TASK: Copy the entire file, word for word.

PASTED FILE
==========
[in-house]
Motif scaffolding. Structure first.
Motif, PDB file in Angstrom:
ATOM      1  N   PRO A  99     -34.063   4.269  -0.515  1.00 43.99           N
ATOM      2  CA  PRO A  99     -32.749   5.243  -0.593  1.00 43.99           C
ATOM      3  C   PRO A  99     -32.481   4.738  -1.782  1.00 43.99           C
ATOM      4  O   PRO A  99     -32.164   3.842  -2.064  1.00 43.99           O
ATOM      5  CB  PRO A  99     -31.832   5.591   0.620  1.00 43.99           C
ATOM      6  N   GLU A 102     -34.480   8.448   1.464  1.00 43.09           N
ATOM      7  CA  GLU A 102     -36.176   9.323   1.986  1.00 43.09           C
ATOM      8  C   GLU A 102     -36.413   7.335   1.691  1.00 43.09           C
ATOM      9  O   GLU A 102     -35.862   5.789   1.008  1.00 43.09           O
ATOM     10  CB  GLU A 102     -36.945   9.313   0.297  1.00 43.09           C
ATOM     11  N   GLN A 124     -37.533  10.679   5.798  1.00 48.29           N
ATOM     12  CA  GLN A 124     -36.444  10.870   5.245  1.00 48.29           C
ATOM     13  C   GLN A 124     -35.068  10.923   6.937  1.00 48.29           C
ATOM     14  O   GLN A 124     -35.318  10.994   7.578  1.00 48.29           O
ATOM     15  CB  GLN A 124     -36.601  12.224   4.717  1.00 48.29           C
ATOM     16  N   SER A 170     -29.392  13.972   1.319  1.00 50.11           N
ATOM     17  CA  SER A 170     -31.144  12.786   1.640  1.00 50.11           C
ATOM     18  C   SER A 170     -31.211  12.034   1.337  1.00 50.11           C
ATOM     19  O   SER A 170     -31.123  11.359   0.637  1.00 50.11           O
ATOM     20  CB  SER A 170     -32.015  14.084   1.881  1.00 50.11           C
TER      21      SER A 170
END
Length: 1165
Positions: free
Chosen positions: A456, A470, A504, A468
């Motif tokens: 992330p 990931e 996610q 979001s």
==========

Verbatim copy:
[in-house]
Motif scaffolding. Structure first.
Motif, PDB file in Angstrom:
ATOM      1  N   PRO A  99     -34.063   4.269  -0.515  1.00 43.99           N
ATOM      2  CA  PRO A  99     -32.749   5.243  -0.593  1.00 43.99           C
ATOM      3  C   PRO A  99     -32.481   4.738  -1.782  1.00 43.99           C
ATOM      4  O   PRO A  99     -32.164   3.842  -2.064  1.00 43.99           O
ATOM      5  CB  PRO A  99     -31.832   5.591   0.620  1.00 43.99           C
ATOM      6  N   GLU A 102     -34.480   8.448   1.464  1.00 43.09           N
ATOM      7  CA  GLU A 102     -36.176   9.323   1.986  1.00 43.09           C
ATOM      8  C   GLU A 102     -36.413   7.335   1.691  1.00 43.09           C
ATOM      9  O   GLU A 102     -35.862   5.789   1.008  1.00 43.09           O
ATOM     10  CB  GLU A 102     -36.945   9.313   0.297  1.00 43.09           C
ATOM     11  N   GLN A 124     -37.533  10.679   5.798  1.00 48.29           N
ATOM     12  CA  GLN A 124     -36.444  10.870   5.245  1.00 48.29           C
ATOM     13  C   GLN A 124     -35.068  10.923   6.937  1.00 48.29           C
ATOM     14  O   GLN A 124     -35.318  10.994   7.578  1.00 48.29           O
ATOM     15  CB  GLN A 124     -36.601  12.224   4.717  1.00 48.29           C
ATOM     16  N   SER A 170     -29.392  13.972   1.319  1.00 50.11           N
ATOM     17  CA  SER A 170     -31.144  12.786   1.640  1.00 50.11           C
ATOM     18  C   SER A 170     -31.211  12.034   1.337  1.00 50.11           C
ATOM     19  O   SER A 170     -31.123  11.359   0.637  1.00 50.11           O
ATOM     20  CB  SER A 170     -32.015  14.084   1.881  1.00 50.11           C
TER      21      SER A 170
END
Length: 1165
Positions: free
Chosen positions: A456, A470, A504, A468
């Motif tokens: 992330p 990931e 996610q 979001s």